What Can Victims Do After Motorcycle Accidents In California
According to the latest statistics from the Insurance Institute for Highway Safety, there are 4,976 fatal and non-fatal motorcycle accidents in the United States (IIHS). You could suffer serious permanent injuries as a result of a moment of reckless madness on the highway. This is exacerbated by the fact that, unlike other cars, motorcycles lack a protective cocoon against accidents.
According to the National Highway Traffic Safety Administration (NHTSA) of the United States Department of Transportation, motorcycle-related road accidents have been on the rise for the past decade. According to current statistics, there are 73.48 deaths for every 100,000 motorcycles recorded. Motorcyclists are also a high-risk category of road users.
The following factors, according to the IIHS, contribute to the high risk of motorcycle accidents:
Since motorcycles are small, they are less visible on highways.
In the absence of a protective shield, such as that used in four-wheeled vehicles, the occupants are exposed.
Balancing on two wheels rather than four decreases a motorcyclist's steadfastness, making them more vulnerable to accidents.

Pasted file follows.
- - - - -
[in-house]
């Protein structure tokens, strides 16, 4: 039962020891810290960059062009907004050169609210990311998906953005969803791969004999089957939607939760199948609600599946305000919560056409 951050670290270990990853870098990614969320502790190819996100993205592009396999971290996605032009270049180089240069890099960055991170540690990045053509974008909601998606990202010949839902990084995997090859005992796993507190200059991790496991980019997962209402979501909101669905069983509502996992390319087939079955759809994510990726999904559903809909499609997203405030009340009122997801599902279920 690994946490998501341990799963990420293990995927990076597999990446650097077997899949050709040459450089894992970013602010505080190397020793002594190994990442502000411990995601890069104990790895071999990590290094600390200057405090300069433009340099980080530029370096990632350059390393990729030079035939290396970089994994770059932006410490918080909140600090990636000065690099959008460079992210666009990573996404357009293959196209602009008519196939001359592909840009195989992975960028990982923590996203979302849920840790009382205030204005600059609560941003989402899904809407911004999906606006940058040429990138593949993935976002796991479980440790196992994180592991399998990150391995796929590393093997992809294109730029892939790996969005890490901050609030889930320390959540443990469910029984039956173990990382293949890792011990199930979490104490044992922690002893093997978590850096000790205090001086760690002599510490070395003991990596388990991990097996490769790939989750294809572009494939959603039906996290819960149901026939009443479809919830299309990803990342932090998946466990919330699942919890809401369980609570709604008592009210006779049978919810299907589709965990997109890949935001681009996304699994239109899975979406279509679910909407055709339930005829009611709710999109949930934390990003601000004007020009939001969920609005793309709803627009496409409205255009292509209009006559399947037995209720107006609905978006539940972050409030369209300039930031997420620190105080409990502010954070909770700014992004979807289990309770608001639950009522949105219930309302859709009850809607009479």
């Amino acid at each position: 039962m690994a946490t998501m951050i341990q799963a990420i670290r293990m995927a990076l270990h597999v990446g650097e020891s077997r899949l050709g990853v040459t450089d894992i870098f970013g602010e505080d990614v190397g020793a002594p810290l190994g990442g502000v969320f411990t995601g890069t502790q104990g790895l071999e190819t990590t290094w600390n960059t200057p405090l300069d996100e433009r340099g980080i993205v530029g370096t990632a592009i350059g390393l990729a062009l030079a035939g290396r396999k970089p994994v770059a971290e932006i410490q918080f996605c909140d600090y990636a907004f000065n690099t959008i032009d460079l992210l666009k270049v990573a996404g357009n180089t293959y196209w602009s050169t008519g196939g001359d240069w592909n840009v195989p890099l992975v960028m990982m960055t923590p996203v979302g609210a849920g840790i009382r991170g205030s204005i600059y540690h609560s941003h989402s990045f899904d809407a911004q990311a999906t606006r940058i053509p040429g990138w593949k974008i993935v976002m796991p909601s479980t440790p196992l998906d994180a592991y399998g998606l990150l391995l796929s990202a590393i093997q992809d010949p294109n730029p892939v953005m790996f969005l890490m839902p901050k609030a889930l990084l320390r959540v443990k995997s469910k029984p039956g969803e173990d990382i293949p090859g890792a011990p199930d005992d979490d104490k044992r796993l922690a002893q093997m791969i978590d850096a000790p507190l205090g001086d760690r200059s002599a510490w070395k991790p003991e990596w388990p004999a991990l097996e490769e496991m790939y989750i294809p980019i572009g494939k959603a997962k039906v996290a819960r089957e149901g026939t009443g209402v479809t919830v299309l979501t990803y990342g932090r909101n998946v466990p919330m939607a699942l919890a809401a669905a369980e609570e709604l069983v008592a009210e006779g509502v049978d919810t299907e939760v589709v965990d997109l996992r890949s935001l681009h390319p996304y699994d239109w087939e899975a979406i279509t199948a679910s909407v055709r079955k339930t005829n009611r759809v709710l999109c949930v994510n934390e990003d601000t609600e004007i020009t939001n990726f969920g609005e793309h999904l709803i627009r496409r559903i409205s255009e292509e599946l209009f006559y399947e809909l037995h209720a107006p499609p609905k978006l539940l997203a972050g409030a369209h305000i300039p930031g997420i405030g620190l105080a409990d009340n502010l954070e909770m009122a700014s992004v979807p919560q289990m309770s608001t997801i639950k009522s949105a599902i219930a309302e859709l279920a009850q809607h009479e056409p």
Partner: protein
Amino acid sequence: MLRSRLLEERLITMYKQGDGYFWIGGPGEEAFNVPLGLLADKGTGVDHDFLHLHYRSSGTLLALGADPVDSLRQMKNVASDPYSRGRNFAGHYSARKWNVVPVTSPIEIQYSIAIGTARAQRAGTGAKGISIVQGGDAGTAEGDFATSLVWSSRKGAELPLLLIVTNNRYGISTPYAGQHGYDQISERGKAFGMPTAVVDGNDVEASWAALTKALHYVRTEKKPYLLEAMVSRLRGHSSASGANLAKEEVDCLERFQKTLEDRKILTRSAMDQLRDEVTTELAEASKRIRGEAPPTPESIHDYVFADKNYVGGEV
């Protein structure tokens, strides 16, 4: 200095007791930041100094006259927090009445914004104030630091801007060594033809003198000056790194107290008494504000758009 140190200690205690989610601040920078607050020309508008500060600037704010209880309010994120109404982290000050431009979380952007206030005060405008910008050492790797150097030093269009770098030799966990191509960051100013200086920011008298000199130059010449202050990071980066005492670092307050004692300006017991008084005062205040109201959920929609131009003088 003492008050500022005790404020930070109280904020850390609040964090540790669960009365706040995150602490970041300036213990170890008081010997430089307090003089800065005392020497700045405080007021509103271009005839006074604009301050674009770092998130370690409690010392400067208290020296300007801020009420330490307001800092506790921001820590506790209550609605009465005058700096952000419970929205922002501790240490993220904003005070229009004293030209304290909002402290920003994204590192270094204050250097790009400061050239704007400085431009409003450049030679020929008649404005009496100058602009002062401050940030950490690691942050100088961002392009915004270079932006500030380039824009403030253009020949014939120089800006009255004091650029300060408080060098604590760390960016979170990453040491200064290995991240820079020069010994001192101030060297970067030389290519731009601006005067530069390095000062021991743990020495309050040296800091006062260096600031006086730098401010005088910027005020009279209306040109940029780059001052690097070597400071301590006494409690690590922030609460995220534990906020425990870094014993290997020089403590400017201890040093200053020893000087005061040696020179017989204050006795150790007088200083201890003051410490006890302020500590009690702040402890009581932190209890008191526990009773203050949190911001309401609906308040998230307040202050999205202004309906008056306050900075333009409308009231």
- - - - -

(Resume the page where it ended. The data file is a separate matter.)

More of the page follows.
California's Ridership Laws are Worth Noting
In response to an increase in fatal motorcycle accidents in California, the legislature decided to enact legislation that would provide some safety and rights to motorcycle riders while on the road. The following are some of the laws worth revisiting:
Law on lane splitting:
It is legal to snake through slow-moving traffic, despite the fact that it is a high-risk activity to engage in. You are only permitted to travel at a speed of no more than 10 mph faster than the surrounding traffic.
Motorcycles are covered by lemon laws:
Cutting through the legalese of lemon rules, you are entitled to compensation if you spend more time in the garage than on the road with a freshly purchased bike. To learn more about your legal choices, contact a Los Angeles Motorcycle Accident Attorney.
All riders must wear approved helmets from the Department of Transportation.
Motorcycles that have been fitted with an exhaust system that complies with EPA regulations.
The laws governing traffic safety are continually changing to keep up with the changing demands and use of the roads. To stay up to date with the new regulations, contact the California Department of Motor Vehicles.
In the case of motorcycle accidents, California's legislative laws restrict the grace period to two years from the date of the accident. There are certain exceptions to this law, such as when suing a government agency or a government facility. An experienced California Attorney For Personal Injury can handle the specifics.